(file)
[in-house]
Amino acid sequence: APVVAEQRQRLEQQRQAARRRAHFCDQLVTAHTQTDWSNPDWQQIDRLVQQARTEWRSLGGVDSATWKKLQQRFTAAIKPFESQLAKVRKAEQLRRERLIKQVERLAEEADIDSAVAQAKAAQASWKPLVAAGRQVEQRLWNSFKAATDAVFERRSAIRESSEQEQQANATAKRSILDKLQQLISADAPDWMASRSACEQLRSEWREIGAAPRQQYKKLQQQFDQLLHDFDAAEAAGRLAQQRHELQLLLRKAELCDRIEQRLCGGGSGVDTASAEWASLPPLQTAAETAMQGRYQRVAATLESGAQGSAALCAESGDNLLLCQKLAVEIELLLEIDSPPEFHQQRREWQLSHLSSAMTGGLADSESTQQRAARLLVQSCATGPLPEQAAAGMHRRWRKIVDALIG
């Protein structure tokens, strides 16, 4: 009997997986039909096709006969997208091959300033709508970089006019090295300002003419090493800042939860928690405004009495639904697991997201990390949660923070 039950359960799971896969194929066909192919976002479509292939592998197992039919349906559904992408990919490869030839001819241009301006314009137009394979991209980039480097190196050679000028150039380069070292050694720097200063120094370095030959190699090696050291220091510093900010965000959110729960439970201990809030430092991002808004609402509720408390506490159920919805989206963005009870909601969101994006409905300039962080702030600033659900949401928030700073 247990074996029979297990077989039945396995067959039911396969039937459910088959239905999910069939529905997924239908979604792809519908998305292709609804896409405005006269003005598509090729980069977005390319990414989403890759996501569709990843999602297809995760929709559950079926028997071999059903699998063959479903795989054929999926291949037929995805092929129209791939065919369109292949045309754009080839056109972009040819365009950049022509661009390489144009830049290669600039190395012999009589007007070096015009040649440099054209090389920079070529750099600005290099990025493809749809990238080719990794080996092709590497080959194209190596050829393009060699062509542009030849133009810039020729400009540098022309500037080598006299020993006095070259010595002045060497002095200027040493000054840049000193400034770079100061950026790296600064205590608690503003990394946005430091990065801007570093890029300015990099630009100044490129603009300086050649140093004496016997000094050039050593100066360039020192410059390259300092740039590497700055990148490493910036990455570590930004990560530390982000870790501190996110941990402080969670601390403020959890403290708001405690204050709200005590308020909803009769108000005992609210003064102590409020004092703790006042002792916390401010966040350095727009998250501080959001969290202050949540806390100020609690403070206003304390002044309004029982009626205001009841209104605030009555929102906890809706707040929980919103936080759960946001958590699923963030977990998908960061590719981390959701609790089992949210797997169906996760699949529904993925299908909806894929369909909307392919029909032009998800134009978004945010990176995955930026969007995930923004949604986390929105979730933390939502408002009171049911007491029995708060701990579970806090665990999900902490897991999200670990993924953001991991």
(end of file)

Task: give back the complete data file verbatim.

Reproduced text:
[in-house]
Amino acid sequence: APVVAEQRQRLEQQRQAARRRAHFCDQLVTAHTQTDWSNPDWQQIDRLVQQARTEWRSLGGVDSATWKKLQQRFTAAIKPFESQLAKVRKAEQLRRERLIKQVERLAEEADIDSAVAQAKAAQASWKPLVAAGRQVEQRLWNSFKAATDAVFERRSAIRESSEQEQQANATAKRSILDKLQQLISADAPDWMASRSACEQLRSEWREIGAAPRQQYKKLQQQFDQLLHDFDAAEAAGRLAQQRHELQLLLRKAELCDRIEQRLCGGGSGVDTASAEWASLPPLQTAAETAMQGRYQRVAATLESGAQGSAALCAESGDNLLLCQKLAVEIELLLEIDSPPEFHQQRREWQLSHLSSAMTGGLADSESTQQRAARLLVQSCATGPLPEQAAAGMHRRWRKIVDALIG
């Protein structure tokens, strides 16, 4: 009997997986039909096709006969997208091959300033709508970089006019090295300002003419090493800042939860928690405004009495639904697991997201990390949660923070 039950359960799971896969194929066909192919976002479509292939592998197992039919349906559904992408990919490869030839001819241009301006314009137009394979991209980039480097190196050679000028150039380069070292050694720097200063120094370095030959190699090696050291220091510093900010965000959110729960439970201990809030430092991002808004609402509720408390506490159920919805989206963005009870909601969101994006409905300039962080702030600033659900949401928030700073 247990074996029979297990077989039945396995067959039911396969039937459910088959239905999910069939529905997924239908979604792809519908998305292709609804896409405005006269003005598509090729980069977005390319990414989403890759996501569709990843999602297809995760929709559950079926028997071999059903699998063959479903795989054929999926291949037929995805092929129209791939065919369109292949045309754009080839056109972009040819365009950049022509661009390489144009830049290669600039190395012999009589007007070096015009040649440099054209090389920079070529750099600005290099990025493809749809990238080719990794080996092709590497080959194209190596050829393009060699062509542009030849133009810039020729400009540098022309500037080598006299020993006095070259010595002045060497002095200027040493000054840049000193400034770079100061950026790296600064205590608690503003990394946005430091990065801007570093890029300015990099630009100044490129603009300086050649140093004496016997000094050039050593100066360039020192410059390259300092740039590497700055990148490493910036990455570590930004990560530390982000870790501190996110941990402080969670601390403020959890403290708001405690204050709200005590308020909803009769108000005992609210003064102590409020004092703790006042002792916390401010966040350095727009998250501080959001969290202050949540806390100020609690403070206003304390002044309004029982009626205001009841209104605030009555929102906890809706707040929980919103936080759960946001958590699923963030977990998908960061590719981390959701609790089992949210797997169906996760699949529904993925299908909806894929369909909307392919029909032009998800134009978004945010990176995955930026969007995930923004949604986390929105979730933390939502408002009171049911007491029995708060701990579970806090665990999900902490897991999200670990993924953001991991």